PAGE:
Flower meadows, insects, birds, and mammals can all be affected by a photovoltaic farm. Opponents of RES, and sometimes their supporters, argue that although the energy itself is green, wind or solar farms are not without flaws. The former are supposed to threaten birds (research is not conclusive on this issue), and photovoltaics means taking large areas out of use, covering them up and leading to desertification.
The Swedish energy company has long been committed to climate and environmental issues. It should come as no surprise, therefore, that it has seen in the development of photovoltaics opportunities beyond the production of electricity. The company argues that solar farms can increase biodiversity. It explains this with the example of its own investments. Planning, design and implementation can and should be done in a way that benefits nature.
Are solar farms destroying the local environment?
The first step is to choose the right location for the farm. Vattenfall does not, for example, build in Natura 2000 areas. The company wants to fit its investment into the landscape and takes into account the opinion and guidance of other parties. Although the energy producer itself is looking for space for its installations, it is open to suggestions from local communities – they know their surroundings best and know where a solar farm could work. If the company finds them technically and economically useful, you can move on to step two.
When designing a solar farm to be environmentally friendly, there are many factors to consider. For example, engineers will not be able to completely eliminate the shading that accompanies the panels, but it can be minimized. Therefore, it is important to properly position the installation and choose such plants that will cope best in difficult conditions. It is important to maintain adequate space between the rows, and place the panels at such a height that will allow the flora to develop.
Step three is to develop the right environmental strategy for the farm. Again, cooperation with the local community, ecologists, scientific institutions and NGOs can be very useful, as each location requires a different strategy.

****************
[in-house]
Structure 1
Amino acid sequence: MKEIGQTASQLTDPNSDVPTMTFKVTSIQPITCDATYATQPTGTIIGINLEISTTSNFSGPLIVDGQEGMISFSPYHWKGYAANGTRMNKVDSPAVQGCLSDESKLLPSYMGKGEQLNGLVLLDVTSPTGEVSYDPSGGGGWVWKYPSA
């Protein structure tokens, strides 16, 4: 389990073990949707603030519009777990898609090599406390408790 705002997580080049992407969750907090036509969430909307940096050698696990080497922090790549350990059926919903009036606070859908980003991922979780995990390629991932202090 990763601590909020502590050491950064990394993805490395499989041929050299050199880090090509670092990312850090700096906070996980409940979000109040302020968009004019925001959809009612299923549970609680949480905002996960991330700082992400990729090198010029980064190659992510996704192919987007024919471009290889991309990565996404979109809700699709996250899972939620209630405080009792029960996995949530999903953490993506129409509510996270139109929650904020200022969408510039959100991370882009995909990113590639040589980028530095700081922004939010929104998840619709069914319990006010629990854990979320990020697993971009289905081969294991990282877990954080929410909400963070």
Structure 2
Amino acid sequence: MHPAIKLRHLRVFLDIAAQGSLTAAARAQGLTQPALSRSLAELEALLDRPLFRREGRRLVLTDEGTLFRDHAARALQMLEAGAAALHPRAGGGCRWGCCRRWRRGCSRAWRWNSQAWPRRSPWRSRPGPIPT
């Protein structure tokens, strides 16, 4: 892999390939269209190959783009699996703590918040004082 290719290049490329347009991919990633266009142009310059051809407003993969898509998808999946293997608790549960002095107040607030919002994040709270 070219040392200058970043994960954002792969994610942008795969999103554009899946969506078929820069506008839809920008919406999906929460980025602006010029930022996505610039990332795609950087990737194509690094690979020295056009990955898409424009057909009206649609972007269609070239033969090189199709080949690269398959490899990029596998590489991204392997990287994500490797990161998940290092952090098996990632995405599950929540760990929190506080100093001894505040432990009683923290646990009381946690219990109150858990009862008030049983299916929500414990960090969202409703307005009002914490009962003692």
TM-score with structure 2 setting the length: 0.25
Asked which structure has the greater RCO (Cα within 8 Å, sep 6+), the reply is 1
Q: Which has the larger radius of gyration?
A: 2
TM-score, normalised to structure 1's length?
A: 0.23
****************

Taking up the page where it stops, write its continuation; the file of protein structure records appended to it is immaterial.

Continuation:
The use of fertilizers or other chemicals is obviously not advisable, and as part of the development of such a project, birdhouses or insect hotels can be placed on the farm. At this point it is worth mentioning that Polenergia, owned by Dominika Kulczyk, breeds bees in its photovoltaic farm. For the time being, the apiary consists of ten beehives and the insects living there have at their disposal a flower meadow of several hectares. If all goes according to plan, the apiary will produce up to 400 kg of honey annually.
Today, it is well known that profits
The example from Poland shows that a solar farm does not have to be a barren desert and the approach of the Swedish corporation encourages to think about such investments much more broadly, beyond the framework adopted years ago, when mainly the economic factor was taken into account. Today, it is well known that profits, even very high ones, will not compensate for the losses related to environmental degradation, climate crisis and the loss of biodiversity our planet is beginning to face.
Vattenfall puts the matter really clearly: a piece of land designated for the farm after 25 years of use (this is how long the panels operate) is to stop being a monoculture and instead become a very lively, biodiverse space. Other examples from the world show that RES can also be an idea to fight drought, as you can read here.